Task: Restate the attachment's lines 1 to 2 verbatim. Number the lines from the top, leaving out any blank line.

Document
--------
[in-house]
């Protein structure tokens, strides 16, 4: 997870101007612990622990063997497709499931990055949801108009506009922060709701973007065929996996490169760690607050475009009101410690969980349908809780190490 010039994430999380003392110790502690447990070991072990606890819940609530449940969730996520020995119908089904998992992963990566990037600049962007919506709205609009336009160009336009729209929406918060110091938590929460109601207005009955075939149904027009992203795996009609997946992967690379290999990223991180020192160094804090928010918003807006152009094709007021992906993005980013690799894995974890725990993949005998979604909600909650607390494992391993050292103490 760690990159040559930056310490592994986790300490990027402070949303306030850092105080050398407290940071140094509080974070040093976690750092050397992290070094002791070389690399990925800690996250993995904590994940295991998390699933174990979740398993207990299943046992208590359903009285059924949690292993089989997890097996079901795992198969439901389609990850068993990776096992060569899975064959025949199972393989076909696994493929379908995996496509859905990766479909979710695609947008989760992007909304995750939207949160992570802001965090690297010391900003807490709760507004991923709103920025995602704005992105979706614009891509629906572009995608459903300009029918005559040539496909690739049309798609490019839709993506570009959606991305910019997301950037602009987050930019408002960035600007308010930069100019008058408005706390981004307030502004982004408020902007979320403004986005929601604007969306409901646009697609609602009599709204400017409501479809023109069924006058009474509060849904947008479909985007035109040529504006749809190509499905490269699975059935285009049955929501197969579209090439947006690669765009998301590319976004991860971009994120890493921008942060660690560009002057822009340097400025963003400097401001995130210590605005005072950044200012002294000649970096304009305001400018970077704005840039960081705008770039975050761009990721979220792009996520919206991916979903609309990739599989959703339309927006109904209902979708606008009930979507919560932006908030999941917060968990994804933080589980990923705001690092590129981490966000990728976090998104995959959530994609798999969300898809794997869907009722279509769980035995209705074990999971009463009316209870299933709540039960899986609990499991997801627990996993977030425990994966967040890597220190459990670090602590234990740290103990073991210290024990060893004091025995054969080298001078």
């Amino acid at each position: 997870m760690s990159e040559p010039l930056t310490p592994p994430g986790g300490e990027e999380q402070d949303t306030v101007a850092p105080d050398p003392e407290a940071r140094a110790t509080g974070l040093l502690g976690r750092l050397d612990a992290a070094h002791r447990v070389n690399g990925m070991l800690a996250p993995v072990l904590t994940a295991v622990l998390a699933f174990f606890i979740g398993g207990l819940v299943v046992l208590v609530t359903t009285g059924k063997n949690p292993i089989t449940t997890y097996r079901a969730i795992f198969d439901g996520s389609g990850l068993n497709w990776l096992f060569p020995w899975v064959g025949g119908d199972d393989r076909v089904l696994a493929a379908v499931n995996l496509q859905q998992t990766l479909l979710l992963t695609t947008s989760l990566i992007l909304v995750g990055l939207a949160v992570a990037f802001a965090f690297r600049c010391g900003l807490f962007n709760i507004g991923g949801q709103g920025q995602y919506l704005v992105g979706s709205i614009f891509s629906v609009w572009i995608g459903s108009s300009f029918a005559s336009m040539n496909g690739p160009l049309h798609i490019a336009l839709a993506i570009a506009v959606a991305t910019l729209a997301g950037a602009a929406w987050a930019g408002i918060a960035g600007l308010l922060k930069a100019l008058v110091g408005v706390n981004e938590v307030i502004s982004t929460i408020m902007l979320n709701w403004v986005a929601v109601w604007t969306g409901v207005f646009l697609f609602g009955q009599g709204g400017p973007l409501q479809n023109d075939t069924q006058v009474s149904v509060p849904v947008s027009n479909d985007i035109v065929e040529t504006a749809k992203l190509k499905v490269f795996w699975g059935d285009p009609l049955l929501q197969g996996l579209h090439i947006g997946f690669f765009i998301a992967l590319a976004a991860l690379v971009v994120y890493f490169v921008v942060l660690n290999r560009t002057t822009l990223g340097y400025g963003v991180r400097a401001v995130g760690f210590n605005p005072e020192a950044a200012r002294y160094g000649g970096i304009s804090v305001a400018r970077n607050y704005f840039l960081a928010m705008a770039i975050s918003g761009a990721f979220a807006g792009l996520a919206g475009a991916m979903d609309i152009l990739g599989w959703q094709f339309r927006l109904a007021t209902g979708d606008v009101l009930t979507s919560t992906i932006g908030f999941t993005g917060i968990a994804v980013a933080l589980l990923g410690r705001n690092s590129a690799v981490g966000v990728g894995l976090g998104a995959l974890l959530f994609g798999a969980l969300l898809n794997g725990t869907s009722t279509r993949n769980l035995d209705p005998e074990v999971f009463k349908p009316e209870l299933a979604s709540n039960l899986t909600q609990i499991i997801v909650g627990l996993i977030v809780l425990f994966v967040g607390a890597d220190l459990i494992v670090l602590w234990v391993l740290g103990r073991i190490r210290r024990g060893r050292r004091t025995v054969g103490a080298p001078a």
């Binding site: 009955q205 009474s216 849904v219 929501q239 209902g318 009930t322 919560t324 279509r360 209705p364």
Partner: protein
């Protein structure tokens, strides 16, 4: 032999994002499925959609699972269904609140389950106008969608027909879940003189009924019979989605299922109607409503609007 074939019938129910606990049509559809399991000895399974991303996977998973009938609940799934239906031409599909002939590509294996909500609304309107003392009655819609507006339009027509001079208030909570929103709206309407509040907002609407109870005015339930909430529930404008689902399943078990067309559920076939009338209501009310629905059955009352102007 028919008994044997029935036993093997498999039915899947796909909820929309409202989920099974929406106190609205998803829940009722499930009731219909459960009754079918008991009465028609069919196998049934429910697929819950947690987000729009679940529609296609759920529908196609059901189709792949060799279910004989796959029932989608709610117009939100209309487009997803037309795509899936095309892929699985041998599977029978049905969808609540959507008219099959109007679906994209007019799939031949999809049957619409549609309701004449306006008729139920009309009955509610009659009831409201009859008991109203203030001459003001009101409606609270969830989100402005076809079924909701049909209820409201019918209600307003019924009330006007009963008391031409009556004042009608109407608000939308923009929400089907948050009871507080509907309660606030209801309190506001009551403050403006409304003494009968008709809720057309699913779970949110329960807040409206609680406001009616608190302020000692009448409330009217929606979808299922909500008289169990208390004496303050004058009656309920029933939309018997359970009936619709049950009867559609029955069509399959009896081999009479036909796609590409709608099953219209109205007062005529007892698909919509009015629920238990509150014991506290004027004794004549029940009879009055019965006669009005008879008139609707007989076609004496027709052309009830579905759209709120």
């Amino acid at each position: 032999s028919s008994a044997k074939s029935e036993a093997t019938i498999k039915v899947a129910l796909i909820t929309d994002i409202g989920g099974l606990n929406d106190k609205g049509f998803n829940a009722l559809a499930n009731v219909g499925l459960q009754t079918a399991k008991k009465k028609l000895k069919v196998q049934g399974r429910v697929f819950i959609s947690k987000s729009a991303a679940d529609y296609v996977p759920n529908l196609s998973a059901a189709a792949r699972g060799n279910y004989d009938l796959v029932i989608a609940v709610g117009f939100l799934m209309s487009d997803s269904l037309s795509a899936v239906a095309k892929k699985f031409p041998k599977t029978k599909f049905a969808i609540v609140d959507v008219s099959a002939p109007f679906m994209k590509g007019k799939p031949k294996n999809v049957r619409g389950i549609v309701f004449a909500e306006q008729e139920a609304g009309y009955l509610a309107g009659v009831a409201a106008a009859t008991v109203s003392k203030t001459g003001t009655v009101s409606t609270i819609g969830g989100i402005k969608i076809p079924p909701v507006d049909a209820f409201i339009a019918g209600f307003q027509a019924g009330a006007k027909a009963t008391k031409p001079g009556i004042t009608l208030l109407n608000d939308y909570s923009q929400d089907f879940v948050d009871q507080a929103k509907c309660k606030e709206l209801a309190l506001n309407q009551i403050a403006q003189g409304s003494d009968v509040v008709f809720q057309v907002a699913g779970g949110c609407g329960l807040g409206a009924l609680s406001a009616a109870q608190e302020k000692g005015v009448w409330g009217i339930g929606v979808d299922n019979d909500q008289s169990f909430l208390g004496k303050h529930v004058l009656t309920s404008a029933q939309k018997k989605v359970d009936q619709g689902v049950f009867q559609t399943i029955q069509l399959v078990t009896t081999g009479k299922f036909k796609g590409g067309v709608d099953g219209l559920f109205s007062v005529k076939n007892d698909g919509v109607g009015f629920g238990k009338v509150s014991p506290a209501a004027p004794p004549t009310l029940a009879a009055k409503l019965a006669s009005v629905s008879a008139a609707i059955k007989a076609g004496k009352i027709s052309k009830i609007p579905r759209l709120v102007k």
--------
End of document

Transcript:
[in-house]
């Protein structure tokens, strides 16, 4: 997870101007612990622990063997497709499931990055949801108009506009922060709701973007065929996996490169760690607050475009009101410690969980349908809780190490 010039994430999380003392110790502690447990070991072990606890819940609530449940969730996520020995119908089904998992992963990566990037600049962007919506709205609009336009160009336009729209929406918060110091938590929460109601207005009955075939149904027009992203795996009609997946992967690379290999990223991180020192160094804090928010918003807006152009094709007021992906993005980013690799894995974890725990993949005998979604909600909650607390494992391993050292103490 760690990159040559930056310490592994986790300490990027402070949303306030850092105080050398407290940071140094509080974070040093976690750092050397992290070094002791070389690399990925800690996250993995904590994940295991998390699933174990979740398993207990299943046992208590359903009285059924949690292993089989997890097996079901795992198969439901389609990850068993990776096992060569899975064959025949199972393989076909696994493929379908995996496509859905990766479909979710695609947008989760992007909304995750939207949160992570802001965090690297010391900003807490709760507004991923709103920025995602704005992105979706614009891509629906572009995608459903300009029918005559040539496909690739049309798609490019839709993506570009959606991305910019997301950037602009987050930019408002960035600007308010930069100019008058408005706390981004307030502004982004408020902007979320403004986005929601604007969306409901646009697609609602009599709204400017409501479809023109069924006058009474509060849904947008479909985007035109040529504006749809190509499905490269699975059935285009049955929501197969579209090439947006690669765009998301590319976004991860971009994120890493921008942060660690560009002057822009340097400025963003400097401001995130210590605005005072950044200012002294000649970096304009305001400018970077704005840039960081705008770039975050761009990721979220792009996520919206991916979903609309990739599989959703339309927006109904209902979708606008009930979507919560932006908030999941917060968990994804933080589980990923705001690092590129981490966000990728976090998104995959959530994609798999969300898809794997869907009722279509769980035995209705074990999971009463009316209870299933709540039960899986609990499991997801627990996993977030425990994966967040890597220190459990670090602590234990740290103990073991210290024990060893004091025995054969080298001078």